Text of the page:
Sexual orientation from a neurobiological point of view

Student thesis: Master programme thesis

  • Anna-Karina Aaris Henningsen
4. term, Master of Sexology (Continuing education) (Continuing Education Programme (Master))
For decades researchers have investigated the human sex, and it seems well documented how the sex chromosome together with the sex steroid hormones effect both the human sexual phenotype, together with the prenatal sexual differentiation of the brain.
Up until now, numerous studies have searched for an explanation to which biological factors are involved in human sexual orientation and the research field has been very broad. There have been studies of both twins and families to show that same-sex sexual behavior is partly genetically influenced, and recently a genome-wide association study has been performed, in the search for genes involved in sexual orientation. In neuroscience, both postmortem studies and neuroimaging studies have investigated morphological and structural differences between men and women; and between men with different sexual preferences. Research has also been conducted in particular areas of the brain, which we know are involved in processing sensory inputs and sexual behavior, although this sort of research has mostly been performed on animals. Due to the observation, that homosexual men often have older brothers, the fraternal birth order and maternal immune hypothesis of male homosexuality has been presented. However, despite all of the above listed types of studies, there is still no meaningful tool to predict an individual’s sexual behavior.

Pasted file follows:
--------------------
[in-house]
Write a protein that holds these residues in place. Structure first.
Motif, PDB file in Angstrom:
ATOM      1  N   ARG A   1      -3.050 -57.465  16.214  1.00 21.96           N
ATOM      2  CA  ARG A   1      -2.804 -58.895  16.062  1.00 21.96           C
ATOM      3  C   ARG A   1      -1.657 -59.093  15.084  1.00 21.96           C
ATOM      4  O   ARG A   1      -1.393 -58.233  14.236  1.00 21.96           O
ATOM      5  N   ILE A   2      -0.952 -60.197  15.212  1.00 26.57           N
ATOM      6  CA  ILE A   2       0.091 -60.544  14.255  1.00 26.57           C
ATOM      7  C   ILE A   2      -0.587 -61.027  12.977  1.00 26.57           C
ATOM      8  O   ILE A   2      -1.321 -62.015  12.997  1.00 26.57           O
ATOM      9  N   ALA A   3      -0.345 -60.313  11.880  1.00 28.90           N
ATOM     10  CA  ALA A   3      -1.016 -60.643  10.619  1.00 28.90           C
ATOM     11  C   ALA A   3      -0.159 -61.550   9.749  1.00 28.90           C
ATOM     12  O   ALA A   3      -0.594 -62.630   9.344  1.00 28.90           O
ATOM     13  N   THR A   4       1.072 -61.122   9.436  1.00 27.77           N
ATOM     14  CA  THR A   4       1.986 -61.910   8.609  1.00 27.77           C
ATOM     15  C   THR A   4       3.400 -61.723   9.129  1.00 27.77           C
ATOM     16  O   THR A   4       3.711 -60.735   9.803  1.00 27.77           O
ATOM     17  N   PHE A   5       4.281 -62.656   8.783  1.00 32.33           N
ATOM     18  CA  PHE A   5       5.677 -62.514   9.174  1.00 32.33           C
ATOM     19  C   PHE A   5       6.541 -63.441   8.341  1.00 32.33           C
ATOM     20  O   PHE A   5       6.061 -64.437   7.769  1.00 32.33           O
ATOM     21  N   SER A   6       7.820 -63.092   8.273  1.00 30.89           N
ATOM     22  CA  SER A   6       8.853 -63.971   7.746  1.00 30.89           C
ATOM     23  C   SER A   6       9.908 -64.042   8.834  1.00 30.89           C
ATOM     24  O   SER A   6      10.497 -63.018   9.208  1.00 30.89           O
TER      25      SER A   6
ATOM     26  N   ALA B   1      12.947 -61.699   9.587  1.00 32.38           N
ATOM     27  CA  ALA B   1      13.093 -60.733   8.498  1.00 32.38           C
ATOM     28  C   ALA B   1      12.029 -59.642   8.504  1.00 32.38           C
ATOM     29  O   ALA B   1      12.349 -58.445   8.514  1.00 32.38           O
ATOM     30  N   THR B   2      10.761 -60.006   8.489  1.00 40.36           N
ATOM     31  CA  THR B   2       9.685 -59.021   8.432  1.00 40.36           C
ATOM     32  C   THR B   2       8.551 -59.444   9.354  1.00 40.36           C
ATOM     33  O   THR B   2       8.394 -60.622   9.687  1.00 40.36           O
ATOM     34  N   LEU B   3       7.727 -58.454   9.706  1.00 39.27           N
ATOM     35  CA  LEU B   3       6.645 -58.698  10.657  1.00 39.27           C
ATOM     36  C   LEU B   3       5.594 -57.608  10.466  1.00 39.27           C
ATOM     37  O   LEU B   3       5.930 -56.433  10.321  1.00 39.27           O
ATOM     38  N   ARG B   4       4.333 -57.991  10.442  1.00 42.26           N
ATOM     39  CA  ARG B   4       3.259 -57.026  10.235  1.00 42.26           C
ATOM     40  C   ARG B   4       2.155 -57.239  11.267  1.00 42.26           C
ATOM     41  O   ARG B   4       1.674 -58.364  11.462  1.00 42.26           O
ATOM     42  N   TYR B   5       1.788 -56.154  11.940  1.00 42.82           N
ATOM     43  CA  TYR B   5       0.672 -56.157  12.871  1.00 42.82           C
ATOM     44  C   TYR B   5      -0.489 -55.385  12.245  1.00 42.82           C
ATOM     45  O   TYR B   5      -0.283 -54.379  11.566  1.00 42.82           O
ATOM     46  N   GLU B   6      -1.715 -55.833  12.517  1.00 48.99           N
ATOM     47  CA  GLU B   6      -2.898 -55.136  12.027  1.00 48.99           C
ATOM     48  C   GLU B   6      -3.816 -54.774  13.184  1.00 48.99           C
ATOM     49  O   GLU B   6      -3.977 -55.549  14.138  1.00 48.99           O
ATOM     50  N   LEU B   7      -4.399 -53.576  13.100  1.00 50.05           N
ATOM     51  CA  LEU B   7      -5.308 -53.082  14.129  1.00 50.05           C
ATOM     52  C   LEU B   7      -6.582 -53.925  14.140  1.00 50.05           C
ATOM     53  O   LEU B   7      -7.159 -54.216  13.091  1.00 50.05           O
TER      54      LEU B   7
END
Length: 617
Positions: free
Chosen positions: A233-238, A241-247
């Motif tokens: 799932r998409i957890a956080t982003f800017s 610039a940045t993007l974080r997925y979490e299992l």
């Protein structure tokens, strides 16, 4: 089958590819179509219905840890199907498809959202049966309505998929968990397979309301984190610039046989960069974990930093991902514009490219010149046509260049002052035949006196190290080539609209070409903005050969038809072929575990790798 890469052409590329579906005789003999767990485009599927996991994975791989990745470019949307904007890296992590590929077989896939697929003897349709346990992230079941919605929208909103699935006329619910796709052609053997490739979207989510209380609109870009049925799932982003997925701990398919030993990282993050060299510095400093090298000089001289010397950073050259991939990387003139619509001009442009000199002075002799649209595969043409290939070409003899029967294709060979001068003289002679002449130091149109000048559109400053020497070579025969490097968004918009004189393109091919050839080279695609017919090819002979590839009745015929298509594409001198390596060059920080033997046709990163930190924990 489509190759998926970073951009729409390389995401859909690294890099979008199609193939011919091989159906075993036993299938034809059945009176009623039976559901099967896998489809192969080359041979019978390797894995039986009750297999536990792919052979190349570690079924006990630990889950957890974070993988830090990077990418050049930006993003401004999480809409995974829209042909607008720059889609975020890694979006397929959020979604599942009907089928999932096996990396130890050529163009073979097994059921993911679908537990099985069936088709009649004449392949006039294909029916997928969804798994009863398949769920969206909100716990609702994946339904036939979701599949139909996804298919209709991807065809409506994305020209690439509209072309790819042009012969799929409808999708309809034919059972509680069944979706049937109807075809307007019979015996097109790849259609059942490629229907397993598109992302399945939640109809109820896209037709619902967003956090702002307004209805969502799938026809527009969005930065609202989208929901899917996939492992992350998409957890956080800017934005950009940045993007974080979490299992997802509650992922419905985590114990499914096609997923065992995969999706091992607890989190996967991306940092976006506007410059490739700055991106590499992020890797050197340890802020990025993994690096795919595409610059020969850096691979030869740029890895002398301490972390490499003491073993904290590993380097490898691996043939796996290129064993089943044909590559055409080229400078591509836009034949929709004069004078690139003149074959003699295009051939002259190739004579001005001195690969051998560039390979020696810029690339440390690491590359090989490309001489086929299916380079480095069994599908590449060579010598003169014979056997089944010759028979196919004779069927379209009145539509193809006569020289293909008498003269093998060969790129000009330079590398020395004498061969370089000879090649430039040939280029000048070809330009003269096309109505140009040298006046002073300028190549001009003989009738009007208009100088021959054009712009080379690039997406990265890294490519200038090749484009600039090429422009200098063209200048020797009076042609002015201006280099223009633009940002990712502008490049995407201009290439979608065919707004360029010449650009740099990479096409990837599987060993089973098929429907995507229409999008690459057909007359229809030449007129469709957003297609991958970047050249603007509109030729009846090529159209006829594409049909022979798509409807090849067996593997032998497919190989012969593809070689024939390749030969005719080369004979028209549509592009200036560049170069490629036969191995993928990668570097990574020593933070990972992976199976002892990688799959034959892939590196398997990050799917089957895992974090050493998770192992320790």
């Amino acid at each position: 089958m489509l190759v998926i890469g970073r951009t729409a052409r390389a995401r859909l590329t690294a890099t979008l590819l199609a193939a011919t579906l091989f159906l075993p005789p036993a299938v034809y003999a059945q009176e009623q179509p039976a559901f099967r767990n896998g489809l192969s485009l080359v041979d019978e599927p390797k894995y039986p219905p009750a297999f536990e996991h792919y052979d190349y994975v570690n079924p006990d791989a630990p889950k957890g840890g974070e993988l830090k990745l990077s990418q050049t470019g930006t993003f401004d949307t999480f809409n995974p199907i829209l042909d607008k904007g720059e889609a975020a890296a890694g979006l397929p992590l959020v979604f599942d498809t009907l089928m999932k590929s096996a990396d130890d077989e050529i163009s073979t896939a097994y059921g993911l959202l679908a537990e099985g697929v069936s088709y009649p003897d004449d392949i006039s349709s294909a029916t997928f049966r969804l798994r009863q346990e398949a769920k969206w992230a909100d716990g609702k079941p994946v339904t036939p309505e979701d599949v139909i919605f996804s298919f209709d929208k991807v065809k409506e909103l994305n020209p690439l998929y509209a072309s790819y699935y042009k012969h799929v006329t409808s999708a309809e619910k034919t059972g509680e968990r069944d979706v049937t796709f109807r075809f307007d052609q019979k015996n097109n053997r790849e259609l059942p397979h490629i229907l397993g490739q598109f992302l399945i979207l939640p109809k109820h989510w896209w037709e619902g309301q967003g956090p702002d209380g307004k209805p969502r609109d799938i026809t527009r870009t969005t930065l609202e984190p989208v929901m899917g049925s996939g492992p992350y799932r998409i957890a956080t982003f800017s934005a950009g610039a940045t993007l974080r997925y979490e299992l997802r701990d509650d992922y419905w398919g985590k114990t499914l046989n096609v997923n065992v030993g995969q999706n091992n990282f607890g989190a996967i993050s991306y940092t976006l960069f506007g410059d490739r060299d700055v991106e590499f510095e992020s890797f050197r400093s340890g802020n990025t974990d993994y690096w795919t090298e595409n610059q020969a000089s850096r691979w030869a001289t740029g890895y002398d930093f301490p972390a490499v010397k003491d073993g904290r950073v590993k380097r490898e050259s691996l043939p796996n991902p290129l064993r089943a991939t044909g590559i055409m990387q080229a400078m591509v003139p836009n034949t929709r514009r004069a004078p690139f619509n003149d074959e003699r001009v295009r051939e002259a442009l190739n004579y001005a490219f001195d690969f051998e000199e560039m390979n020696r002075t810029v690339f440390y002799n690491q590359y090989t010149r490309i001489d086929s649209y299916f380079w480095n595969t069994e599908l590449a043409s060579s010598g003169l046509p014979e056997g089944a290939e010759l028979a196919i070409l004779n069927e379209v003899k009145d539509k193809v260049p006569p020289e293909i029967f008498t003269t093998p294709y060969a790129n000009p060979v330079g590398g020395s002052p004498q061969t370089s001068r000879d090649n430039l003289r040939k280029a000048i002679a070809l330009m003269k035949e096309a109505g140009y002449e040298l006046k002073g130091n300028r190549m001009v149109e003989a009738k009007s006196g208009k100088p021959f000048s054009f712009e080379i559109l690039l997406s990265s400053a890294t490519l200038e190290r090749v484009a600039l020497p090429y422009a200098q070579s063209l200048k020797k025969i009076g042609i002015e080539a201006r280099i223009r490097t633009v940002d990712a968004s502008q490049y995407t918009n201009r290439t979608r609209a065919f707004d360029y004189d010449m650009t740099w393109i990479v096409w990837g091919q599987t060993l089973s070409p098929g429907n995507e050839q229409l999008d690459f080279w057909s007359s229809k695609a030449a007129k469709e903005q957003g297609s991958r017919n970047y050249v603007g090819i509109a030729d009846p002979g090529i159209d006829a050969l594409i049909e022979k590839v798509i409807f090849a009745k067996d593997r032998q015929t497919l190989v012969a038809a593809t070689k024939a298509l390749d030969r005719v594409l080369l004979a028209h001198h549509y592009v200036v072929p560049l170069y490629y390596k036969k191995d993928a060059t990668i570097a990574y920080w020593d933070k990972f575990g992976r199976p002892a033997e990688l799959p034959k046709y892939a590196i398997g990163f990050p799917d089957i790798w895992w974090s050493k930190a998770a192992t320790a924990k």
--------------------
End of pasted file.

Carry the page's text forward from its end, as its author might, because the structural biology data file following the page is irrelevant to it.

Publication date7 May 2023
Number of pages36
ID: 527215210